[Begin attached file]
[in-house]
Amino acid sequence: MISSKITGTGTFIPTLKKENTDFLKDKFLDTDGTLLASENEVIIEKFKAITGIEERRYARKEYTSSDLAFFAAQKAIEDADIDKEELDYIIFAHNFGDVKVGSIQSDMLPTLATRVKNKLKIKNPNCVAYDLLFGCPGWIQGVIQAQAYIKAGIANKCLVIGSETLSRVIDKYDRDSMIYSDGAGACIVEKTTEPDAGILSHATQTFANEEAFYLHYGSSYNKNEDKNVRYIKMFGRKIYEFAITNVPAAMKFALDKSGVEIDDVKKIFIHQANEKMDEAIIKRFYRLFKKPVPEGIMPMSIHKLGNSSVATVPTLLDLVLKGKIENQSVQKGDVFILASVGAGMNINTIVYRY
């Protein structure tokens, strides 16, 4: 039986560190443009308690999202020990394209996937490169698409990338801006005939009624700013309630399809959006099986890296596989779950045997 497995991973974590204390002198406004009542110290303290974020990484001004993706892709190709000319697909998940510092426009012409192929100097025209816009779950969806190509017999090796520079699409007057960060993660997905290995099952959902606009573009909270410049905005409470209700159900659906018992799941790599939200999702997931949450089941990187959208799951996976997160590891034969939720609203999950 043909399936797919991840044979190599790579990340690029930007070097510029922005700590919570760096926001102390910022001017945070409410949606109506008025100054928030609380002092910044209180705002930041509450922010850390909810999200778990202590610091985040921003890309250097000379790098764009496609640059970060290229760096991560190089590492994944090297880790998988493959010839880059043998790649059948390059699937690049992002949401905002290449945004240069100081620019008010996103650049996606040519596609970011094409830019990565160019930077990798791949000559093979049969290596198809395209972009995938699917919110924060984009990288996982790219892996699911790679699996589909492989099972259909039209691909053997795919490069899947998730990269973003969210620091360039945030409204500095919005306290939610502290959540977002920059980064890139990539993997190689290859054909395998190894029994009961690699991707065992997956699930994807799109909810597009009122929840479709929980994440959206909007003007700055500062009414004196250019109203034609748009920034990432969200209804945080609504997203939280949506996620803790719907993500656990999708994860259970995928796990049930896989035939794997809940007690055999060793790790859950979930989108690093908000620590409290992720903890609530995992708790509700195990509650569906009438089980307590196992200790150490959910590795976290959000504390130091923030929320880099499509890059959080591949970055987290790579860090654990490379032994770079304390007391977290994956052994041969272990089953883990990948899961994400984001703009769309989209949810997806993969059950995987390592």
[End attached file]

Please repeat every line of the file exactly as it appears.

[in-house]
Amino acid sequence: MISSKITGTGTFIPTLKKENTDFLKDKFLDTDGTLLASENEVIIEKFKAITGIEERRYARKEYTSSDLAFFAAQKAIEDADIDKEELDYIIFAHNFGDVKVGSIQSDMLPTLATRVKNKLKIKNPNCVAYDLLFGCPGWIQGVIQAQAYIKAGIANKCLVIGSETLSRVIDKYDRDSMIYSDGAGACIVEKTTEPDAGILSHATQTFANEEAFYLHYGSSYNKNEDKNVRYIKMFGRKIYEFAITNVPAAMKFALDKSGVEIDDVKKIFIHQANEKMDEAIIKRFYRLFKKPVPEGIMPMSIHKLGNSSVATVPTLLDLVLKGKIENQSVQKGDVFILASVGAGMNINTIVYRY
């Protein structure tokens, strides 16, 4: 039986560190443009308690999202020990394209996937490169698409990338801006005939009624700013309630399809959006099986890296596989779950045997 497995991973974590204390002198406004009542110290303290974020990484001004993706892709190709000319697909998940510092426009012409192929100097025209816009779950969806190509017999090796520079699409007057960060993660997905290995099952959902606009573009909270410049905005409470209700159900659906018992799941790599939200999702997931949450089941990187959208799951996976997160590891034969939720609203999950 043909399936797919991840044979190599790579990340690029930007070097510029922005700590919570760096926001102390910022001017945070409410949606109506008025100054928030609380002092910044209180705002930041509450922010850390909810999200778990202590610091985040921003890309250097000379790098764009496609640059970060290229760096991560190089590492994944090297880790998988493959010839880059043998790649059948390059699937690049992002949401905002290449945004240069100081620019008010996103650049996606040519596609970011094409830019990565160019930077990798791949000559093979049969290596198809395209972009995938699917919110924060984009990288996982790219892996699911790679699996589909492989099972259909039209691909053997795919490069899947998730990269973003969210620091360039945030409204500095919005306290939610502290959540977002920059980064890139990539993997190689290859054909395998190894029994009961690699991707065992997956699930994807799109909810597009009122929840479709929980994440959206909007003007700055500062009414004196250019109203034609748009920034990432969200209804945080609504997203939280949506996620803790719907993500656990999708994860259970995928796990049930896989035939794997809940007690055999060793790790859950979930989108690093908000620590409290992720903890609530995992708790509700195990509650569906009438089980307590196992200790150490959910590795976290959000504390130091923030929320880099499509890059959080591949970055987290790579860090654990490379032994770079304390007391977290994956052994041969272990089953883990990948899961994400984001703009769309989209949810997806993969059950995987390592």